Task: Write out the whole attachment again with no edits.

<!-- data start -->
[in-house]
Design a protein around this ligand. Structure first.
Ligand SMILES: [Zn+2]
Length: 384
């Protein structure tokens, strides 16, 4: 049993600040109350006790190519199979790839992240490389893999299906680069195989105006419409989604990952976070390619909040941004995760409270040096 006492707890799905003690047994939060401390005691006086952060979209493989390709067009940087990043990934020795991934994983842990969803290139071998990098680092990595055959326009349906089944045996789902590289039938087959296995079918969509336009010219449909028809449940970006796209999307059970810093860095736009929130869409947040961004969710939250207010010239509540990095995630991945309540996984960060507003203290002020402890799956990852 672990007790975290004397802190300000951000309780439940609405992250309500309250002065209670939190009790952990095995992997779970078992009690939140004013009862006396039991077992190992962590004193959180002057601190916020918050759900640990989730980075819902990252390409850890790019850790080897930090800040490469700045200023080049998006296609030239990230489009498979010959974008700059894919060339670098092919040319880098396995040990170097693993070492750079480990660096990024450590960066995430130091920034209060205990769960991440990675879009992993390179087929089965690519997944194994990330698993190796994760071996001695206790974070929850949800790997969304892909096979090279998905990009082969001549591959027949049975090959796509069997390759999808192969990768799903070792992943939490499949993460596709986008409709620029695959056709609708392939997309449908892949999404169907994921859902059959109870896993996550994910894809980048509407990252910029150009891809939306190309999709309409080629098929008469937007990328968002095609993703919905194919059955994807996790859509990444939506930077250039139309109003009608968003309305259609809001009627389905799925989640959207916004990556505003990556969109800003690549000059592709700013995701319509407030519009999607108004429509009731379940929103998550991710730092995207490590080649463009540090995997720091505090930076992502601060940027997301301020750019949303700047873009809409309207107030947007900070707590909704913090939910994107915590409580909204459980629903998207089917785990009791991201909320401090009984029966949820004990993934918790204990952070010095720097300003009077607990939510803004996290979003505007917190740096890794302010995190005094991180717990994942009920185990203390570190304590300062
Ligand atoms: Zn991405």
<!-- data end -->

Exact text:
[in-house]
Design a protein around this ligand. Structure first.
Ligand SMILES: [Zn+2]
Length: 384
């Protein structure tokens, strides 16, 4: 049993600040109350006790190519199979790839992240490389893999299906680069195989105006419409989604990952976070390619909040941004995760409270040096 006492707890799905003690047994939060401390005691006086952060979209493989390709067009940087990043990934020795991934994983842990969803290139071998990098680092990595055959326009349906089944045996789902590289039938087959296995079918969509336009010219449909028809449940970006796209999307059970810093860095736009929130869409947040961004969710939250207010010239509540990095995630991945309540996984960060507003203290002020402890799956990852 672990007790975290004397802190300000951000309780439940609405992250309500309250002065209670939190009790952990095995992997779970078992009690939140004013009862006396039991077992190992962590004193959180002057601190916020918050759900640990989730980075819902990252390409850890790019850790080897930090800040490469700045200023080049998006296609030239990230489009498979010959974008700059894919060339670098092919040319880098396995040990170097693993070492750079480990660096990024450590960066995430130091920034209060205990769960991440990675879009992993390179087929089965690519997944194994990330698993190796994760071996001695206790974070929850949800790997969304892909096979090279998905990009082969001549591959027949049975090959796509069997390759999808192969990768799903070792992943939490499949993460596709986008409709620029695959056709609708392939997309449908892949999404169907994921859902059959109870896993996550994910894809980048509407990252910029150009891809939306190309999709309409080629098929008469937007990328968002095609993703919905194919059955994807996790859509990444939506930077250039139309109003009608968003309305259609809001009627389905799925989640959207916004990556505003990556969109800003690549000059592709700013995701319509407030519009999607108004429509009731379940929103998550991710730092995207490590080649463009540090995997720091505090930076992502601060940027997301301020750019949303700047873009809409309207107030947007900070707590909704913090939910994107915590409580909204459980629903998207089917785990009791991201909320401090009984029966949820004990993934918790204990952070010095720097300003009077607990939510803004996290979003505007917190740096890794302010995190005094991180717990994942009920185990203390570190304590300062
Ligand atoms: Zn991405």